Mary lives near the site of an ancient trading post, where the Chemung River meets the Susquehanna. She has shared with me her years of study, including native flora and fauna and what they meant to the indigenous people. The Iroquois lived on the land, hunting and gathering as well as farming. Deer, bear, elk (now unknown in these parts), rabbit, and beaver provided food and clothing. Fishing abounded among the abundant lakes, rivers and streams, and settlements of longhouses typically gathered beside these sources of water, transportation and food. Birch-bark canoes were a chief form of travel, and birch-bark containers gathered tree sap for syrup and tree gum to resin the canoes. The Iroquois held great reverence to the Great Spirit, and offered thanks to the animals used for food and clothing. At harvest time, the Great Spirit was thanked in much the same way we observe Thanksgiving. The Rabbit Dance is an example of the Iroquois tradition of reverencing nature.

Wampum—colorful beads made from shells—were woven into belts and hung on strings. These served many purposes: as currency, peace offerings, wedding gifts, and in ceremonies. Turtle shell rattles, skin drums, and corn husk dolls are among the crafts made by the Haudenosaunee. Tanned deer hides were sewn with sinew thread and bone needles into leggings and shirts by Iroquois women. Bone awls poked fine holes between pieces of birch bark and these pieces were then sewn together for the hull of their canoes. The women farmed crops such as squash, maize and beans, “the three sisters”. They utilized their cleared land in ingeniously conservative ways: The tall maize provided the bean stalk support, while the squash vines trailed over the ground between the climbing vines.

Women enjoyed a position of power among the council. Although the members of the Great Council were warrior men, it was the older women of the tribes who appointed them and removed them from their positions.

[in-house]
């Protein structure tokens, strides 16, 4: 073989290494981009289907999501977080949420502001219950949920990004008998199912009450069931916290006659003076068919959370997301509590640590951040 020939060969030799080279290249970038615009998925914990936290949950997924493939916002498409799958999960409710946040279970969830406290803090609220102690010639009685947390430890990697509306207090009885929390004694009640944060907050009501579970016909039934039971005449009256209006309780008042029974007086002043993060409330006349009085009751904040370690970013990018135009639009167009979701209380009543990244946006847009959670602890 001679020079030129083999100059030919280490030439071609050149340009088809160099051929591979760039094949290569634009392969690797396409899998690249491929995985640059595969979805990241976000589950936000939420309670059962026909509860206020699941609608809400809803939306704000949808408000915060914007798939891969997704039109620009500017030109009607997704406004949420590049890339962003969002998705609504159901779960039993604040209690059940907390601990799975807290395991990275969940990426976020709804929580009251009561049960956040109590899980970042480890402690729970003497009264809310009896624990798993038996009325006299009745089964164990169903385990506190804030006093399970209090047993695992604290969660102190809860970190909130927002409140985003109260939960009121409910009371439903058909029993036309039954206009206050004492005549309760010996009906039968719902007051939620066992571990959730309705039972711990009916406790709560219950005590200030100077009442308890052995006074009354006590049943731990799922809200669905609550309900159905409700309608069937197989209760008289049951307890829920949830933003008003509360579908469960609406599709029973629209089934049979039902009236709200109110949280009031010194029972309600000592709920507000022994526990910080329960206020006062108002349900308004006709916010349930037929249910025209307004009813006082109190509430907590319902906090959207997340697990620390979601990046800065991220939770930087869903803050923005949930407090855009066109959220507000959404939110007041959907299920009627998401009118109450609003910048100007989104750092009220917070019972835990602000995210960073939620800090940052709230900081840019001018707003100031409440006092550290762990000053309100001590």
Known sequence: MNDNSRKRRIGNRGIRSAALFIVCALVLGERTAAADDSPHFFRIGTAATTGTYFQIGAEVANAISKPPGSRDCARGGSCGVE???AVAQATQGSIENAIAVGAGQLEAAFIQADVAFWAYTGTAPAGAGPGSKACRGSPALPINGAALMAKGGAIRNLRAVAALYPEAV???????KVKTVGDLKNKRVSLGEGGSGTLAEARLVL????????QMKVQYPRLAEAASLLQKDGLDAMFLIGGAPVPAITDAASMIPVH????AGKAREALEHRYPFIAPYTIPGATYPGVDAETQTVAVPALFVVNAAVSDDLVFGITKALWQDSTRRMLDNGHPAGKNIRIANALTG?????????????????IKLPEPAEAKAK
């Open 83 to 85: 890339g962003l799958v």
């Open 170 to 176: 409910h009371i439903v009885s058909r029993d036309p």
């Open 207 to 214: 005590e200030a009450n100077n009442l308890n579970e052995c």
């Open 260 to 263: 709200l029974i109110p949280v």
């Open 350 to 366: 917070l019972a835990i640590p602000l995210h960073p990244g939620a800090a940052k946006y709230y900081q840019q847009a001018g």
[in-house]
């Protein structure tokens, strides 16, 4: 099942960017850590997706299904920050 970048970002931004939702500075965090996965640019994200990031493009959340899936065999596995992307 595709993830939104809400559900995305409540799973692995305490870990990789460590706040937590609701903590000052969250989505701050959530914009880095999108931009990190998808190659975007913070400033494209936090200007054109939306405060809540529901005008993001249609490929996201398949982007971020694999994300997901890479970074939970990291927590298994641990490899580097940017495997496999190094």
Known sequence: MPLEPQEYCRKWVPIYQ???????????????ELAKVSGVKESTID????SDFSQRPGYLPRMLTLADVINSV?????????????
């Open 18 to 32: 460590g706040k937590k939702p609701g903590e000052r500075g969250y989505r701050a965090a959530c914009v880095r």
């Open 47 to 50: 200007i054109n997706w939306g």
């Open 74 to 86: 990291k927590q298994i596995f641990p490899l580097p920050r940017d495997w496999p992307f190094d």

In the Revolutionary War, Continental Army General Sullivan staged his campaign against the Iroquois in a bloody annihilation. Sullivan made encampments in Elmira, along the northeast bank of the Chemung River. Further to the east, in Lowman, NY, a federal park memorializes the slaughter at Newtown Battlefield. The park stands on a deceptively peaceful bluff overlooking the beautiful blue-green hills framing Chemung Valley. Living history events take place at Sullivan’s Monument annually.

Saturday, January 9, 2010

Review of The Raven Saint by MaryLu Tyndall

The third book in the Charles Town Bell series, The Raven Saint brings all of the Caribbean sea-faring adventure that we’ve come to expect from these romances, combined with the superb writing of a master phrase-ologist, plus characters with all the chemistry of an Estee Lauder perfume factory.

Grace is the God-fearing daughter of Admiral Westcott, the charitable one, the pious one. She finds herself aboard a mercenary’s vessel, where a rogue Frenchman, Captain Rafe Dubois, has kidnapped her and intends to sell her into white slavery in Colombia.

The Captain has his reasons for such an atrocious act; he seeks revenge against Admiral Westcott, and intends to use the money she would bring for the benefit of charity. A conflicted man with father-issues and a heart that has been broken by the woman he once loved, he has disavowed any religious faith. Until the divine Miss Westcott exerts her subtle influence on him.

Surprises and subterfuge abound. The plot is unpredictable, riveting and fast-paced, and even as things seem to resolve in the final few chapters, the revelations continue. Each character furthers the message of redemption and grace in a unique way that intertwines as each has a lesson to learn of God’s redemptive power, including the pious Miss Grace. Very well-crafted book.